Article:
00      no warning (day has 86400 seconds)
                   01      +1 second (day has 86401 seconds)
                   10      -1 second (day has 86399 seconds)
                   11      alarm condition (clock not synchronized)

      In all except the alarm condition (11) NTP itself does nothing
      with these bits, except pass them on to the time-conversion
      routines that are not part of NTP.  The alarm condition occurs
      when, for whatever reason, the logical clock is not synchronized,
      such as when first coming up or after an extended period when no
      outside reference source is available.

   Stratum (sys.stratum, peer.stratum, pkt.stratum)

      This is an integer indicating the stratum of the logical clock.  A
      value of zero is interpreted as unspecified, one as a primary
      clock (synchronized by outside means) and remaining values as the
      stratum level (synchronized by NTP).  For comparison purposes a
      value of zero is considered greater than any other value.

   Peer Poll Interval (peer.ppoll, pkt.poll)

      This is a signed integer used only in symmetric mode and
      indicating the minimum interval between messages sent to the peer,
      in seconds as a power of two.  For instance, a value of six

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      indicates a minimum interval of 64 seconds.  The value of this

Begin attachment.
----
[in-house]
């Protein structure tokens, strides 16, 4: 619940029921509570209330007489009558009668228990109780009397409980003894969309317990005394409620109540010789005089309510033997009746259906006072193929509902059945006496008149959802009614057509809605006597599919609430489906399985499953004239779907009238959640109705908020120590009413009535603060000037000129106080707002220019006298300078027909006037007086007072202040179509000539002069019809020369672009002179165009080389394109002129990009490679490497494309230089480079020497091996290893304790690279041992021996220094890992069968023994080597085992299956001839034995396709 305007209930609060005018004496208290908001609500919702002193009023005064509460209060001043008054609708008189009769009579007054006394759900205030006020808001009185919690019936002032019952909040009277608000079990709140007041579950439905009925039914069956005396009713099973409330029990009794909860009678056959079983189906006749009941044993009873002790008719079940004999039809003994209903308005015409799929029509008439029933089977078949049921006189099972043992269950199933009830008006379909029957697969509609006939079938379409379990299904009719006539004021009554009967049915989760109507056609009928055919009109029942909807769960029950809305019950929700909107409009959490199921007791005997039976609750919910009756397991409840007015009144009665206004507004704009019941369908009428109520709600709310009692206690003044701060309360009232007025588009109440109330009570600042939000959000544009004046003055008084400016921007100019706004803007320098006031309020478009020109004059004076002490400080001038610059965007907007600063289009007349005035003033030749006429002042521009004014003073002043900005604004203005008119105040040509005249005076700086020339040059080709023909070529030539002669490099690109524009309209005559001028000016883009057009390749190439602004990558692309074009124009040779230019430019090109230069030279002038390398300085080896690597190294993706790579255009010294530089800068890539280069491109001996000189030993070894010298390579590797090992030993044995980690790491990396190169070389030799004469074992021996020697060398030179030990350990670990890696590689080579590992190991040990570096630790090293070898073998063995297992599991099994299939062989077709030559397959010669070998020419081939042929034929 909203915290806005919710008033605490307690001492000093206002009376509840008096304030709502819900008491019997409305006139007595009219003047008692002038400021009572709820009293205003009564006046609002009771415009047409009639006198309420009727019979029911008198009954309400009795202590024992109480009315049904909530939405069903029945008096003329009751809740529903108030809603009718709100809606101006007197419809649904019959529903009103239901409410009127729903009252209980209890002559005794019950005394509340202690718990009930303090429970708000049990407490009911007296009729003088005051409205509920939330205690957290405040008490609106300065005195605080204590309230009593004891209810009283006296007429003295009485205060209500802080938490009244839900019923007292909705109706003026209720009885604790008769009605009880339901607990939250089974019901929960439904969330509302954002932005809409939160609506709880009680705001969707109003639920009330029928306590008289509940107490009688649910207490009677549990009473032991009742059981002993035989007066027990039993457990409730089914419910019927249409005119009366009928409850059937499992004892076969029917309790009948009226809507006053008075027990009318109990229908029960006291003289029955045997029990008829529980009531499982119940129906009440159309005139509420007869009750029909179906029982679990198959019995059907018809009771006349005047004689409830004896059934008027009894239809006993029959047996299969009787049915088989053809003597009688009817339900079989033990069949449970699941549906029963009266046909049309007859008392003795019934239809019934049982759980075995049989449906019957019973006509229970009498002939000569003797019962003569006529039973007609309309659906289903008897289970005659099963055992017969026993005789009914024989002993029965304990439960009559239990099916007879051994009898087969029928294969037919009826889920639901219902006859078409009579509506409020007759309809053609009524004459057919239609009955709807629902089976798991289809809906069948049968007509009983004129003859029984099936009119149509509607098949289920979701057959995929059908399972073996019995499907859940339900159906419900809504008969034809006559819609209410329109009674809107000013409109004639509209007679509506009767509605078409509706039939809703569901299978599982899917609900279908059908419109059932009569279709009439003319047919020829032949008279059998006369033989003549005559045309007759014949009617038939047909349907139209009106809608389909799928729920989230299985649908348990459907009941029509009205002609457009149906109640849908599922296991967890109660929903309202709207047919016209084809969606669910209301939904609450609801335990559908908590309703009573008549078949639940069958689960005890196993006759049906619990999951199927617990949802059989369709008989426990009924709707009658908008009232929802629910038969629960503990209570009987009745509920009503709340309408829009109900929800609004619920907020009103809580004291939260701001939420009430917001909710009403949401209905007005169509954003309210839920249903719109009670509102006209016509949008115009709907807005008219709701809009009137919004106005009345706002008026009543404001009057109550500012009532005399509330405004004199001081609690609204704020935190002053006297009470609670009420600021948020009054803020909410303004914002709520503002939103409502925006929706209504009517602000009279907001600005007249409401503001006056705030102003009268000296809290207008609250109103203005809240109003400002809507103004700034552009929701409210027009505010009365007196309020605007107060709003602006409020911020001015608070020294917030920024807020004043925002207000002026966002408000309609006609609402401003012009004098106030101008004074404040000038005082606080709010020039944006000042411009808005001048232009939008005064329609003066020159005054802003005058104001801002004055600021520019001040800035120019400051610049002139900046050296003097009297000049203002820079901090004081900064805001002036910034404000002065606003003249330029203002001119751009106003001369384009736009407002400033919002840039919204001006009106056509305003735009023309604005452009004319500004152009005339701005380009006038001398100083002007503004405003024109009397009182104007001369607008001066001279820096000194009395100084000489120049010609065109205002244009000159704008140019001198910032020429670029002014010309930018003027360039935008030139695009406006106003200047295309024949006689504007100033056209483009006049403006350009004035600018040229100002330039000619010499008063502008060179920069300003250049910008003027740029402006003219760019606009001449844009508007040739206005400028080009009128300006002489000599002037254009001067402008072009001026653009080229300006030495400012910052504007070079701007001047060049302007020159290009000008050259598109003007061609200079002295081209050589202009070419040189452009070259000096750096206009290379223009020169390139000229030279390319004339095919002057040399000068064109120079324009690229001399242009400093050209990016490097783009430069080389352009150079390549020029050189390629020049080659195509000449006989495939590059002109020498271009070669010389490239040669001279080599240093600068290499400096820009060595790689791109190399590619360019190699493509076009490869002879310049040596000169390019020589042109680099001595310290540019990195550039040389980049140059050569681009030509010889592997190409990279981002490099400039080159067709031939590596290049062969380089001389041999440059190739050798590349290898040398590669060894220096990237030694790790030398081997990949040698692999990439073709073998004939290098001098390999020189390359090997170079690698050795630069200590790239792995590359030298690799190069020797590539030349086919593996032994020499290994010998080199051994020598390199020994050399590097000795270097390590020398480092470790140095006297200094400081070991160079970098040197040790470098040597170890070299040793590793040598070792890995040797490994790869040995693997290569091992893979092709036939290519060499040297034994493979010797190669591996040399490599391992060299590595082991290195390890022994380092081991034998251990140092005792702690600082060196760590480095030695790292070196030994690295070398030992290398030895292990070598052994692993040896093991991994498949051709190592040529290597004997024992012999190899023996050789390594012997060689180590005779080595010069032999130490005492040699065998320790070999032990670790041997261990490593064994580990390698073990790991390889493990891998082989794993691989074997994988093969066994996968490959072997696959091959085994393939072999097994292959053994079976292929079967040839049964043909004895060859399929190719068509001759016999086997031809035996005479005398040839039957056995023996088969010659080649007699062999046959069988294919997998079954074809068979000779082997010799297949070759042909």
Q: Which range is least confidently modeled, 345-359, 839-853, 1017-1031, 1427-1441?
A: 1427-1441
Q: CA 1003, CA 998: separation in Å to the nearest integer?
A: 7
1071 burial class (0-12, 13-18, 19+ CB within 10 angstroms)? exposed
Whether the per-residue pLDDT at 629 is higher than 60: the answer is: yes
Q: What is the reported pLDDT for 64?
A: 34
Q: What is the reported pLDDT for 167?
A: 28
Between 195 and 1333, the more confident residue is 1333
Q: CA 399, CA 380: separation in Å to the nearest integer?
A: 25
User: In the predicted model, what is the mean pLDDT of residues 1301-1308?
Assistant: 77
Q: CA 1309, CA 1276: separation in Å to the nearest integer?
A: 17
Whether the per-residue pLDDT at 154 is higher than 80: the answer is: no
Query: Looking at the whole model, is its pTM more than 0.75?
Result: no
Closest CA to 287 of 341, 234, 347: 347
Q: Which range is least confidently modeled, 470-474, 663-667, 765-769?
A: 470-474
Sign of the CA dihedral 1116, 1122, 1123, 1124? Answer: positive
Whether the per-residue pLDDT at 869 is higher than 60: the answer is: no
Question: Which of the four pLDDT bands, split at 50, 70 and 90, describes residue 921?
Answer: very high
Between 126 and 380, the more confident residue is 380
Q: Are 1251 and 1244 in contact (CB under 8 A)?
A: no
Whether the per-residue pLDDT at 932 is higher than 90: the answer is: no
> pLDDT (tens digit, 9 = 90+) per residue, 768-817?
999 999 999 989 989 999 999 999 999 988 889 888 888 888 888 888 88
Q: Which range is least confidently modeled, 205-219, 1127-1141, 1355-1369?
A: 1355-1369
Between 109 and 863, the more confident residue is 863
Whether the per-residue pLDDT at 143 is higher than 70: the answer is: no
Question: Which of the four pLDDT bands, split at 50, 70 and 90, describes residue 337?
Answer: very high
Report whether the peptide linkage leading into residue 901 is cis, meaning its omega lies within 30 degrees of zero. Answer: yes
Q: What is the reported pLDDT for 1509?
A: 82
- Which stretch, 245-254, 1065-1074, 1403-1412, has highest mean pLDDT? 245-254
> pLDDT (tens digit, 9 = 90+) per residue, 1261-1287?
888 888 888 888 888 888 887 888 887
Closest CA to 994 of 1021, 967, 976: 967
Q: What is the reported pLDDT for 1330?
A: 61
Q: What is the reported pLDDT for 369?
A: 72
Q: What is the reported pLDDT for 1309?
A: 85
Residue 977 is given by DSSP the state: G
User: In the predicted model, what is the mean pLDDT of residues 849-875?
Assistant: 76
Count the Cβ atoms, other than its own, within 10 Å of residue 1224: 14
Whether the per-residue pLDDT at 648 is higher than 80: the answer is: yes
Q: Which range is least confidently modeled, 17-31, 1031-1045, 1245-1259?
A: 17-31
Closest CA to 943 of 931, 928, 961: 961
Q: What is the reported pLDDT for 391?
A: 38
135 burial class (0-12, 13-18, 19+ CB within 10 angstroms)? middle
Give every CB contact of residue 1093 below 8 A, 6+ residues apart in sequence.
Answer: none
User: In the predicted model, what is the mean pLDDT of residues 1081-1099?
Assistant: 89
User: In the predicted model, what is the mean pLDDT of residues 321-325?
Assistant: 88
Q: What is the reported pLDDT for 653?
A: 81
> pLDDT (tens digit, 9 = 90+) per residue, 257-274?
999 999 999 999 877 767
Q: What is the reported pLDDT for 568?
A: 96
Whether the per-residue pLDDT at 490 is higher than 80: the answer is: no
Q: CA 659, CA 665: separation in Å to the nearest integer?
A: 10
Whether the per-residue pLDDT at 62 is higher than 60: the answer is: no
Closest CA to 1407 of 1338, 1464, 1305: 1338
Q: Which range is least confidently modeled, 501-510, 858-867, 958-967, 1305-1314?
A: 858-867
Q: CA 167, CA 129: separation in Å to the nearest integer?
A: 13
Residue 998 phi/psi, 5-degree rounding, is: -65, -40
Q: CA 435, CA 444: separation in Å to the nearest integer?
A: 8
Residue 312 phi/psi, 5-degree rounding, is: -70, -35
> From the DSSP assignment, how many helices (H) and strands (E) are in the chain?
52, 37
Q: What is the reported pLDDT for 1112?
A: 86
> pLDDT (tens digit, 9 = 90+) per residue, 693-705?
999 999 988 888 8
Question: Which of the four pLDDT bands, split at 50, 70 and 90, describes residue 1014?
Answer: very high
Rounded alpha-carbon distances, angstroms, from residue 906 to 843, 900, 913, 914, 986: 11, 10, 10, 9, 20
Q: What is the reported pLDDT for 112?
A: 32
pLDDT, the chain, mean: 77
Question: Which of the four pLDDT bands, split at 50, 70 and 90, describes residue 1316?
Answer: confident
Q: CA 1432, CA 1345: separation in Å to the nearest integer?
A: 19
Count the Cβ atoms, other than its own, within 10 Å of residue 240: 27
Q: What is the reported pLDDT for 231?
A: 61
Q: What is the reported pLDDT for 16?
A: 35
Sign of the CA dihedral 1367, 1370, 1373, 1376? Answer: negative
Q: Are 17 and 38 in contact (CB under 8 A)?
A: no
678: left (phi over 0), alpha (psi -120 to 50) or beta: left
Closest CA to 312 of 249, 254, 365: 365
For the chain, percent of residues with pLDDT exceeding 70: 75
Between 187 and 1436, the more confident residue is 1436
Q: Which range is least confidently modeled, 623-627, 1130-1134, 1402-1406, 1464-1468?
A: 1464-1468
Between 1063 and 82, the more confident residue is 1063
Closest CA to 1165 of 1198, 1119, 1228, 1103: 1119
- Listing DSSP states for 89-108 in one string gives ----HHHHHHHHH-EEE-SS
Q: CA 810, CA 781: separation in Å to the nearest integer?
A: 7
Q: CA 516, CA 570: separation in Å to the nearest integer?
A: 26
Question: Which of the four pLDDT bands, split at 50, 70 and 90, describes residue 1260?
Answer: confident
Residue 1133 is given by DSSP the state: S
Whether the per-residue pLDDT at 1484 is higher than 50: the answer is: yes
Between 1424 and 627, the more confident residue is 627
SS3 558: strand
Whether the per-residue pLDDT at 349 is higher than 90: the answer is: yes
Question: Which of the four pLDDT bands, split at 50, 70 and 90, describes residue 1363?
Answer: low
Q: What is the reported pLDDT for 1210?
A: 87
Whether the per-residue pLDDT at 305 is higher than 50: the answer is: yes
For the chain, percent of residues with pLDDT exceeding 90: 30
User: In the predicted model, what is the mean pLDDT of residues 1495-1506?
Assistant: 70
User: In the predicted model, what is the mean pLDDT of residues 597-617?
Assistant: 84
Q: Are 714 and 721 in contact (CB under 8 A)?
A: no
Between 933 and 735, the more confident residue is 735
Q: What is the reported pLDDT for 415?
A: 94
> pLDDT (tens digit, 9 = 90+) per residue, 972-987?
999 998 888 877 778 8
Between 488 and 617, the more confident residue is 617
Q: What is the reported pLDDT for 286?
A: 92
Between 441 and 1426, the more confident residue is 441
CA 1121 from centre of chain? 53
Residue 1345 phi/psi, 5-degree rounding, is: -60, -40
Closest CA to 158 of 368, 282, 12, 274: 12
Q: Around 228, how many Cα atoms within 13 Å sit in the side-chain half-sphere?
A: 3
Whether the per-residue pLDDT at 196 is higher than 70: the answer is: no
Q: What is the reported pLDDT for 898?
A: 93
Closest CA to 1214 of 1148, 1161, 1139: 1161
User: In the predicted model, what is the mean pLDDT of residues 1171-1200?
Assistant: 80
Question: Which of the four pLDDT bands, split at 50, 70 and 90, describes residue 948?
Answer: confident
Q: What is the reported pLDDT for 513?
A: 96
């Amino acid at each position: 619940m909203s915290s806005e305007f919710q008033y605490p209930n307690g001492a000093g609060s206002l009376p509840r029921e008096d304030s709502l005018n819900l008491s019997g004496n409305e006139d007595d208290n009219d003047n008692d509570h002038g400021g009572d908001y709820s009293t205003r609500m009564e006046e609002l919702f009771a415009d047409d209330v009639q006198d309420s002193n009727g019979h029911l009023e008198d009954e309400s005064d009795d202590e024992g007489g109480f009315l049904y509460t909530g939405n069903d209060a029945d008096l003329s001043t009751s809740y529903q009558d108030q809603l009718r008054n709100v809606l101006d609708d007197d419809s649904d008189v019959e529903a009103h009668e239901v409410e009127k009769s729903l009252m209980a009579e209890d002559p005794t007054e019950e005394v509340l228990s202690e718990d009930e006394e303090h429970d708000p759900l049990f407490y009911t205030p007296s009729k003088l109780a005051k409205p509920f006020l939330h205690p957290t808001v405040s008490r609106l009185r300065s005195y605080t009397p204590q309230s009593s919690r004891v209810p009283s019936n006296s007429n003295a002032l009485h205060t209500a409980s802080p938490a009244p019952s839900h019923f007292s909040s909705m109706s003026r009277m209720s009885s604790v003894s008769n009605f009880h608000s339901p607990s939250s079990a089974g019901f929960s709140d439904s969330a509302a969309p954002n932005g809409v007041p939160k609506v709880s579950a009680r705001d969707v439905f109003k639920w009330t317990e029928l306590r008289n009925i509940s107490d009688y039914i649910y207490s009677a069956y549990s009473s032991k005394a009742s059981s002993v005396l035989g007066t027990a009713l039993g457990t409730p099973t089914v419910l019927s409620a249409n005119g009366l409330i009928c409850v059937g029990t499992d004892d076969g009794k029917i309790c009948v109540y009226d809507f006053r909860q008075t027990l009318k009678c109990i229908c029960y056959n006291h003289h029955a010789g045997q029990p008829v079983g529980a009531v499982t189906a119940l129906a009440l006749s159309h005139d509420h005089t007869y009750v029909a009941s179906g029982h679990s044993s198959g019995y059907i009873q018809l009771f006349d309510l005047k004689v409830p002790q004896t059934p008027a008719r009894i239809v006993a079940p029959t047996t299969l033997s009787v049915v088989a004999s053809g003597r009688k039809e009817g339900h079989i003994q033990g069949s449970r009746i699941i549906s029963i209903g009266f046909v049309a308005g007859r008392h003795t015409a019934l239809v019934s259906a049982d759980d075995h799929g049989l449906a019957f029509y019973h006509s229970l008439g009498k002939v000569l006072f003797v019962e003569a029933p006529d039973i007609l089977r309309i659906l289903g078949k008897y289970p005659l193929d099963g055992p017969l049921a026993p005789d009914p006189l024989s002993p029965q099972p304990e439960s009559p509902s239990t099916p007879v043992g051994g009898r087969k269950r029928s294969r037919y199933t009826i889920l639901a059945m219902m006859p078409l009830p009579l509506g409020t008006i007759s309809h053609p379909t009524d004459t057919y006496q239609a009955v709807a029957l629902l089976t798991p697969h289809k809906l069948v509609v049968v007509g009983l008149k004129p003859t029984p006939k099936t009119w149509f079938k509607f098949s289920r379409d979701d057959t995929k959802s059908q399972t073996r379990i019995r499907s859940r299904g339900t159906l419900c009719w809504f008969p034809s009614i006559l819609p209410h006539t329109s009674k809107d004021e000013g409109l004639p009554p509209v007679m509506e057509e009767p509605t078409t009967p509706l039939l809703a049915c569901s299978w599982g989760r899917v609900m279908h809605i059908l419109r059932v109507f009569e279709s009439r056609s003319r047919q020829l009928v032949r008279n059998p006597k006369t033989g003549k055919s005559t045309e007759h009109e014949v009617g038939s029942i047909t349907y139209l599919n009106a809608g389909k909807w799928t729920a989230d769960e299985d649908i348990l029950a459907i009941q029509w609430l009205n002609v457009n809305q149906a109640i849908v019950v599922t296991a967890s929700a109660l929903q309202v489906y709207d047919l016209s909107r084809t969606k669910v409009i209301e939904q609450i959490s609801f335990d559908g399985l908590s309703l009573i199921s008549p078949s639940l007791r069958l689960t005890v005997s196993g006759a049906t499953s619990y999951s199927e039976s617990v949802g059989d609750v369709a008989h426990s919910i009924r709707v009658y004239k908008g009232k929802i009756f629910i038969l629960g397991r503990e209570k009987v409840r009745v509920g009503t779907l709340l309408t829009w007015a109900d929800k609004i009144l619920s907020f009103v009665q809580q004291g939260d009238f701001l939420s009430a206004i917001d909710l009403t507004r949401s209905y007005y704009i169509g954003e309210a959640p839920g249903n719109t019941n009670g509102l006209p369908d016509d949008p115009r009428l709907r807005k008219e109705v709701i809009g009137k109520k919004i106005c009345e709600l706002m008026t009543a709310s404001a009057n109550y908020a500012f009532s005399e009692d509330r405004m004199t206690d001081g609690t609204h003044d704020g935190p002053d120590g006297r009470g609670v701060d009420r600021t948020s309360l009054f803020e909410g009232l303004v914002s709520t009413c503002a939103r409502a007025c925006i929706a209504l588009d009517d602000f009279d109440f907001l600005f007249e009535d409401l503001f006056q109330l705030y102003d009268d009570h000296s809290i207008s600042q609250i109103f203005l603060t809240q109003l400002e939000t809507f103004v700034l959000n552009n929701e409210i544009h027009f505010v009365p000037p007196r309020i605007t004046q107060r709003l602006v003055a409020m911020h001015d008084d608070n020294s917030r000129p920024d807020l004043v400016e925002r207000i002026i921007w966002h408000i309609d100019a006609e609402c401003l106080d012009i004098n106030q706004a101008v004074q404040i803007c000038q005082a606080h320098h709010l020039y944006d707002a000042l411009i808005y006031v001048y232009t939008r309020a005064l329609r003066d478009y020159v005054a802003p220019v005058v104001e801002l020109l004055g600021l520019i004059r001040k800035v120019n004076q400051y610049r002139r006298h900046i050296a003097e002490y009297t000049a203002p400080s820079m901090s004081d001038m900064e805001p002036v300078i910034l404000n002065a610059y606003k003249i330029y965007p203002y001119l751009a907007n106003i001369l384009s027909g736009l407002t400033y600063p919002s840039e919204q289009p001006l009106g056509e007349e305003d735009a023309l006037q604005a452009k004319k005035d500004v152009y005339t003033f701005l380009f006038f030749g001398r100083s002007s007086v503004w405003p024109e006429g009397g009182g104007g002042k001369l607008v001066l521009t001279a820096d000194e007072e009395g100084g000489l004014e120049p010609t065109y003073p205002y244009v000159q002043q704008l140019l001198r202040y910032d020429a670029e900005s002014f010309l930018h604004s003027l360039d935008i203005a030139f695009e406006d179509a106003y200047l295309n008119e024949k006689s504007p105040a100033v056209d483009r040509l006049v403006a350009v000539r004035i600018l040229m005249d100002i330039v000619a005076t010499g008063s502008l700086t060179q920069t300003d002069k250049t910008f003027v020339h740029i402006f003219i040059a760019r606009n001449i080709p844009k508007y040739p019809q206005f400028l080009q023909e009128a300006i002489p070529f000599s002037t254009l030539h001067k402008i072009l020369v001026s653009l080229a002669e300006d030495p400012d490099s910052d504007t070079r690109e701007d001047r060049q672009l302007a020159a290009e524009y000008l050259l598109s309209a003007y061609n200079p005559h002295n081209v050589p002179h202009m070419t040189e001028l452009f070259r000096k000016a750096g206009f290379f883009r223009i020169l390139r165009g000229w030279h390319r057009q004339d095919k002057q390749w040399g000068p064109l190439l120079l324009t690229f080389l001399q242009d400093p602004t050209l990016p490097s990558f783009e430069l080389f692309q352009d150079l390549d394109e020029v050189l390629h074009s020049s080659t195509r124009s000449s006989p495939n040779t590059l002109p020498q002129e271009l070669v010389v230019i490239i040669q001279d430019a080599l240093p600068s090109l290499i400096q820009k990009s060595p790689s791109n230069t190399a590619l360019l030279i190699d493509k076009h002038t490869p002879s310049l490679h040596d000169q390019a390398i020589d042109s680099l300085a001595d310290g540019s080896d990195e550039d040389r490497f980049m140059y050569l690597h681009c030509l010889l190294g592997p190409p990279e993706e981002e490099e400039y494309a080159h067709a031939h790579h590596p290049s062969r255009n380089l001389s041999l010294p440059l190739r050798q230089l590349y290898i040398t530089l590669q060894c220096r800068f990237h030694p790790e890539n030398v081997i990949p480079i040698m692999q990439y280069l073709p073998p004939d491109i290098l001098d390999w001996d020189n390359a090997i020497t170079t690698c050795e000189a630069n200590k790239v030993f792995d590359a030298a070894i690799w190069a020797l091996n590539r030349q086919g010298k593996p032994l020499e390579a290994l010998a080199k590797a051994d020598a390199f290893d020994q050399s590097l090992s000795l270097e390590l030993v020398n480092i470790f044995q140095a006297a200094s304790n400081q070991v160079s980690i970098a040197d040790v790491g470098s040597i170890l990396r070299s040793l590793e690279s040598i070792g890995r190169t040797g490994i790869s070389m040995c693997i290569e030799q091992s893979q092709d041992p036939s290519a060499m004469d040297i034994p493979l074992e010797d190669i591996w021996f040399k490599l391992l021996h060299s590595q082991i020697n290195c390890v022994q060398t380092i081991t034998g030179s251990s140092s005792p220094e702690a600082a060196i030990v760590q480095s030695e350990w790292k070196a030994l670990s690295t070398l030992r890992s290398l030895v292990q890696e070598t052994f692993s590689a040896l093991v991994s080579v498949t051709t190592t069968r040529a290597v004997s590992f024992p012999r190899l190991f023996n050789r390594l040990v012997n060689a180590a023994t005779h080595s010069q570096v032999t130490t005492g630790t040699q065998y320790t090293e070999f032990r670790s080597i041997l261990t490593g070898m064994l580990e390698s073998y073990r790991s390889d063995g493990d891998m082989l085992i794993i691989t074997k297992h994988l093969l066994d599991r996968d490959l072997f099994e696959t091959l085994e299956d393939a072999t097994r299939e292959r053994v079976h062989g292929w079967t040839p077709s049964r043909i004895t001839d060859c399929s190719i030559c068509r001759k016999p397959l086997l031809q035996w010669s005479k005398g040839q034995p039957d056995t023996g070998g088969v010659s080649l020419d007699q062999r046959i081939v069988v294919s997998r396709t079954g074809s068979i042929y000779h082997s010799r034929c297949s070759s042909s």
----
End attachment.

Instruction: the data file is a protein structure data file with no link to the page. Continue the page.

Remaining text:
variable must not be less than NTP.MINPOLL and must not be greater
      than NTP.MAXPOLL.

   Precision (sys.precision, peer.precision, pkt.precision)

      This is a signed integer indicating the precision of the logical
      clock, in seconds to the nearest power of two.  For instance, a
      60-Hz line-frequency clock would be assigned the value -6, while a
      1000-Hz crystal-derived clock would be assigned the value -10.

   Synchronizing Distance (sys.distance, peer.distance, pkt.distance)

      This is a fixed-point number indicating the estimated roundtrip
      delay to the primary clock, in seconds.

   Estimated Drift Rate (sys.drift, peer.drift, pkt.drift)

      This is a fixed-point number indicating the estimated drift rate
      of the local clock, in dimensionless units.

   Reference Clock Identifier (sys.refid, peer.refid, pkt.refid)

      This is a code identifying the particular reference clock or
      server.  The interpretation of the value depends on the stratum.
      For stratum values of zero (unspecified) or one (primary clock),
      the value is an ASCII string identifying the reason or clock,
      respectively.  For stratum values greater than one (synchronized
      by NTP), the value is the 32-bit Internet address of the reference

   Reference Timestamp (sys.reftime, peer.reftime, pkt.reftime)

      This is the local time, in timestamp format, when the logical
      clock was last updated.  If the logical clock has never been
      synchronized, the value is zero.

3.2.2.  System Variables

   The following variables are used by the operating system in order to
   synchronize the logical clock.

   Logical Clock (sys.clock)